The evolving context of “building” in modern real estate market
In the Chinese language, the word “building” literally refers to the combined meaning of two characters “lou” and “yu”. Chinese characters “lou yu” not only incorporate architectural structure but also the concept of functionality, and has had this interpretation since ancient times. Architecturally speaking, the term embodies different variations of floor area, structures, facades, underground and other aspects.. In terms of functionality, besides residence, the term covers a wide spectrum of functions including research, manufacturing, storage, retailing, working and other economy-related activities. Therefore, in the modern real estate context, the concept of “lou yu” is not just limited to office buildings, but also comprises retail, hotels, apartments, industrial parks, logistics and manufacturing, all of which are a part of the scope of the “building economy”.
What is the Building Economy 3.0?
Entering 2018, China transitioned its economy from pure growth orientation towards a period of industrial restructuring and upgrading, marking the beginning of a new era for China’s building economy. We define it as the Building Economy 3.0. The difference is the capability of integrating the property market and industries. During the 3.0 era, buildings and the economy will integrate in an unprecedented way, as buildings will no longer be limited to serving as hardware or real estate properties, but rather as a means to drive the economy. Moreover, impetus for the development of the building economy has shifted from being market-oriented to technology-driven.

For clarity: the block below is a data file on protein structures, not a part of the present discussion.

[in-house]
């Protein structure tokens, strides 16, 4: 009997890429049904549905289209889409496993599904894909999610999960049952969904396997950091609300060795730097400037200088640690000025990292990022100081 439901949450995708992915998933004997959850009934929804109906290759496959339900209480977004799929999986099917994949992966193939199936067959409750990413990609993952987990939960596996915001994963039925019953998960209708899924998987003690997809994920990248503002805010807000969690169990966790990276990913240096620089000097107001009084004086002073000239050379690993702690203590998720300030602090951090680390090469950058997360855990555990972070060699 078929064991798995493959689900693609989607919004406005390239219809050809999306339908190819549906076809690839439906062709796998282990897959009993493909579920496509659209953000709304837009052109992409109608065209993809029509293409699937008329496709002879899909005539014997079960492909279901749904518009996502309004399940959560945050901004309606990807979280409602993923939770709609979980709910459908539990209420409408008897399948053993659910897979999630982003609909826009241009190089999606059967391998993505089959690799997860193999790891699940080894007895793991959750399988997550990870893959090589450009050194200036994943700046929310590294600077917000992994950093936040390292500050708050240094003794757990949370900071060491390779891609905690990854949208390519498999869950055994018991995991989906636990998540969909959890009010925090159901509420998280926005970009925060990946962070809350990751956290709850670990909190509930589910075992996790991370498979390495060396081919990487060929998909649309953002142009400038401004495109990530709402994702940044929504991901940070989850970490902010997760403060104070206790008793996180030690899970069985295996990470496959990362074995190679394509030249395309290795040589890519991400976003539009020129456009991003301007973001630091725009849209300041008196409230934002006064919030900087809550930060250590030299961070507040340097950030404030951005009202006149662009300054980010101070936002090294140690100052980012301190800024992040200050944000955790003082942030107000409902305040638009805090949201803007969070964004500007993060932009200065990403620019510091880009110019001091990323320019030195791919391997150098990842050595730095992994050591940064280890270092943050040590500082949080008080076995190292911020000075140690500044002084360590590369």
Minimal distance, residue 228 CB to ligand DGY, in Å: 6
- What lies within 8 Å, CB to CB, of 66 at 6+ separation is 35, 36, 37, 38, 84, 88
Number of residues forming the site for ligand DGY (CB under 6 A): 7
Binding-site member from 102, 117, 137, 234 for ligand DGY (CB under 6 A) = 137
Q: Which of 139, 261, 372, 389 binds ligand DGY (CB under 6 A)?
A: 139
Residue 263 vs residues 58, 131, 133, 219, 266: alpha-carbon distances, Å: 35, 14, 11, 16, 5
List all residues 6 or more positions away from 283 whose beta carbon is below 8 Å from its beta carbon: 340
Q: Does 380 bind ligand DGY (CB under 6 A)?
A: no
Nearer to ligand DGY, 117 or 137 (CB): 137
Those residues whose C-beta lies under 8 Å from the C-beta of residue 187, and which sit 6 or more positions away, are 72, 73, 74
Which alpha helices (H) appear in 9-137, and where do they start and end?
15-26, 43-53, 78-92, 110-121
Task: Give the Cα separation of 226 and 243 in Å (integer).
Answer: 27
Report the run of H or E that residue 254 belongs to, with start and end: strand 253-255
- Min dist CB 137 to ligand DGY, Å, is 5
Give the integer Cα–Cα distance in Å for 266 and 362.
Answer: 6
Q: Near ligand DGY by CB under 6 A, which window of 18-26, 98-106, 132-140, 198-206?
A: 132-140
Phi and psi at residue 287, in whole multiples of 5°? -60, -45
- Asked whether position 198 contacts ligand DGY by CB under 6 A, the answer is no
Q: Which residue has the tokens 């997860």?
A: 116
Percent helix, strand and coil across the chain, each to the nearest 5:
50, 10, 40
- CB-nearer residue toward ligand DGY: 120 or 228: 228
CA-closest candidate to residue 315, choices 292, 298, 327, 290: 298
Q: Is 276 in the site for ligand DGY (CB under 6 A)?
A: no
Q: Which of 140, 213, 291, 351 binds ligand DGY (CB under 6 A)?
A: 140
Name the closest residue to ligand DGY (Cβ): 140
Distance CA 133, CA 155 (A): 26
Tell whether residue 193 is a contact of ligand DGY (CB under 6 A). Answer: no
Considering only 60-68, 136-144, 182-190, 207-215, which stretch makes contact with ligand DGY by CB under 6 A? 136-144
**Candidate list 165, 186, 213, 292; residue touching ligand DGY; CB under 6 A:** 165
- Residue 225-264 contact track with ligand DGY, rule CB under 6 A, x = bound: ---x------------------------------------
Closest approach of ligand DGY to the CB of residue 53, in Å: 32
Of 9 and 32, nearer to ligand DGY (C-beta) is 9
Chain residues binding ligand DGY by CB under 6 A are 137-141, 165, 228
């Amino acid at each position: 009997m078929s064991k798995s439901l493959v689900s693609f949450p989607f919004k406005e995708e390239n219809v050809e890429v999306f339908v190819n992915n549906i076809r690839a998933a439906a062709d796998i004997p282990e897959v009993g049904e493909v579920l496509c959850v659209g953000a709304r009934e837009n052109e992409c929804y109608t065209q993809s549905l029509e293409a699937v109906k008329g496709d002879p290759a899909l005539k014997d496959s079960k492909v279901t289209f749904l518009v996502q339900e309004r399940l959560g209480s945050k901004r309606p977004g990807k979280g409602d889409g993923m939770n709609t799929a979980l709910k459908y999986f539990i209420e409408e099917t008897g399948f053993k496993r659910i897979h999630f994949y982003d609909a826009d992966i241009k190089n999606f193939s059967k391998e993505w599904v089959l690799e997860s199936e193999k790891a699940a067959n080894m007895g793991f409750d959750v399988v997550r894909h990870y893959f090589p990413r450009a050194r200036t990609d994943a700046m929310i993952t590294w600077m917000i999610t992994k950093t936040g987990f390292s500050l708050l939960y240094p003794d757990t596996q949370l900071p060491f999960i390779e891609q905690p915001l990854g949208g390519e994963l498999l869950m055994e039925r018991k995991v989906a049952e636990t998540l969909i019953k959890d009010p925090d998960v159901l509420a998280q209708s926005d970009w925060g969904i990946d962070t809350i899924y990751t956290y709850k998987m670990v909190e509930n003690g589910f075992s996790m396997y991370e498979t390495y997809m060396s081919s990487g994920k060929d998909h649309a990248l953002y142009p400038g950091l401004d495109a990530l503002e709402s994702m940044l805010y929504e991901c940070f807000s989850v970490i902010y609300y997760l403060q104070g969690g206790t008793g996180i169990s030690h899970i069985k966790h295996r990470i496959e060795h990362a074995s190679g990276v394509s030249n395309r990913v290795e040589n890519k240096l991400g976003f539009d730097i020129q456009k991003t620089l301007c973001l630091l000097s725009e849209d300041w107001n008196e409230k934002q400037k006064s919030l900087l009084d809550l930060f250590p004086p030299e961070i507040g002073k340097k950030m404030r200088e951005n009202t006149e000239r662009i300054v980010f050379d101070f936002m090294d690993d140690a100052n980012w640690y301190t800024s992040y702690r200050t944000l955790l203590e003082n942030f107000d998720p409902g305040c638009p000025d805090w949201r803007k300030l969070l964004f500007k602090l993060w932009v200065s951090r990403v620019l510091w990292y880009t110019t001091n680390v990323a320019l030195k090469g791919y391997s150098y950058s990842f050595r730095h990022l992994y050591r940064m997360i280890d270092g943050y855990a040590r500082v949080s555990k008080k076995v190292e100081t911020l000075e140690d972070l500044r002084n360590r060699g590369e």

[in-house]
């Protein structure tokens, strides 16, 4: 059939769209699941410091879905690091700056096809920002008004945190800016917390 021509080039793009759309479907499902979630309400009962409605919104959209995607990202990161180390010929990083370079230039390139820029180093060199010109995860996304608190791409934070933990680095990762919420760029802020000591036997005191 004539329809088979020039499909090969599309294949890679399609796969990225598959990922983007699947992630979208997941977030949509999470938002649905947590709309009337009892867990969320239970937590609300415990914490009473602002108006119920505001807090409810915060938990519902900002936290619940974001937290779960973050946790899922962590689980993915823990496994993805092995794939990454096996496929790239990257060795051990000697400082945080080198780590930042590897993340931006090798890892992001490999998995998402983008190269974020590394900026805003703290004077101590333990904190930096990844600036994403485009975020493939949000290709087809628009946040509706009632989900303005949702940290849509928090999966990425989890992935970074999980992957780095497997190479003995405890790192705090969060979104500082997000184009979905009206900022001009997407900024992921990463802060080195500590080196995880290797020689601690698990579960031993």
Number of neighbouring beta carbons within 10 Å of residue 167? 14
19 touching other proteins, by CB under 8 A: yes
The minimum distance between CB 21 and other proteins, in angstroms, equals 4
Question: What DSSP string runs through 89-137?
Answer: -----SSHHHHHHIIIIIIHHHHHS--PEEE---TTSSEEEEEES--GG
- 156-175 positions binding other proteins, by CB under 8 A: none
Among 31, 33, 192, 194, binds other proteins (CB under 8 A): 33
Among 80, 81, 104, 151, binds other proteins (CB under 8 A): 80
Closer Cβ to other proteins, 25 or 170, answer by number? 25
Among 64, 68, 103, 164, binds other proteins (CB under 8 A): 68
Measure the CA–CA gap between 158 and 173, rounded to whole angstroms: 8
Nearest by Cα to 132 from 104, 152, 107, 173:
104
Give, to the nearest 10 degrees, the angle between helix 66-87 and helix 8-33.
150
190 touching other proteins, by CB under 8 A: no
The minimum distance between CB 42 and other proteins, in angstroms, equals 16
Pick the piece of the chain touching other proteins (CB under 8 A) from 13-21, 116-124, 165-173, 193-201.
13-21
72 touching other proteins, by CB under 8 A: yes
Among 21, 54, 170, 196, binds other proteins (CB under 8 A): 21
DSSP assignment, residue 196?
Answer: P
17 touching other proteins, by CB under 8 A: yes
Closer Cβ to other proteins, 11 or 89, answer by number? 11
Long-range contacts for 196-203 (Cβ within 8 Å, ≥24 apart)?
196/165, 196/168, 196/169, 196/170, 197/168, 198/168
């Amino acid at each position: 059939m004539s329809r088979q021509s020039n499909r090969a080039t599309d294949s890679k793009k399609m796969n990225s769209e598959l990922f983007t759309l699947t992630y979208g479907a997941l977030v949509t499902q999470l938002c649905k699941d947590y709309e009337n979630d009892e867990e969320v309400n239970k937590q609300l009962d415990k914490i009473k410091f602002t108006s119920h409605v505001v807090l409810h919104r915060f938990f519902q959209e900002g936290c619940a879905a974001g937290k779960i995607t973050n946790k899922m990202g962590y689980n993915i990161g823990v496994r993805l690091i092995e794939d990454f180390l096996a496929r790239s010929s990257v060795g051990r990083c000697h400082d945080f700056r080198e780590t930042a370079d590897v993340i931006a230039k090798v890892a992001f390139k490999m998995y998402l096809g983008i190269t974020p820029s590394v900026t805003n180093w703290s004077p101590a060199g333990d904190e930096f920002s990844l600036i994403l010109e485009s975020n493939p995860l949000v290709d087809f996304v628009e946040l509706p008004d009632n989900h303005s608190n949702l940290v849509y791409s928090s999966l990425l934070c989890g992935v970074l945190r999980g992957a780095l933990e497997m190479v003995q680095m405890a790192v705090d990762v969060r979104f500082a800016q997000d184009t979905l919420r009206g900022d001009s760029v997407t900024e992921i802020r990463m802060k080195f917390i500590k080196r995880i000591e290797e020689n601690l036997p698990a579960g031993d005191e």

An analytical model of the key trends of Building Economy 3.0
Enterprises and people are central to the building economy. The horizontal axis views the needs of enterprises and their people, while the vertical axis measures the economic drivers. Each quadrant demonstrates a future trend of building economy as follows.
The Building Economy 3.0 is almost at its most technically advanced stage, as it has strongly integrated technological implementation into the entire lifespan of real estate projects, ultimately changing their future development paths. The building economy will continue to put emphasis on the concepts of sustainability and health, collectively realizing China’s strategic goals for sustainable development. Growth of the sharing economy allows idle resources to be better utilized, increasing overall efficiency.
Investors, occupiers and third parties are all facing new opportunities amid the headwinds and challenges in today’s market. Space and amenities built by investors will continue to highlight the elements of technology and sustainability, while operations will focus on further developing the themes of sharing and inclusiveness. Occupiers will enjoy more eco-friendly, green and healthy building spaces, which should in turn stimulate productivity and work efficiency, and enhance overall enterprise competitiveness. Third parties are dedicated to integrating the latest trends into their services so that their clients will receive the most cutting-edge technology services, helping them achieve value add and promote market change. We look forward to Building Economy 3.0 as a sustained driving force for the future development of the economy and industry.
Source: By Jacky Zhu, Head of Research for West China, JLL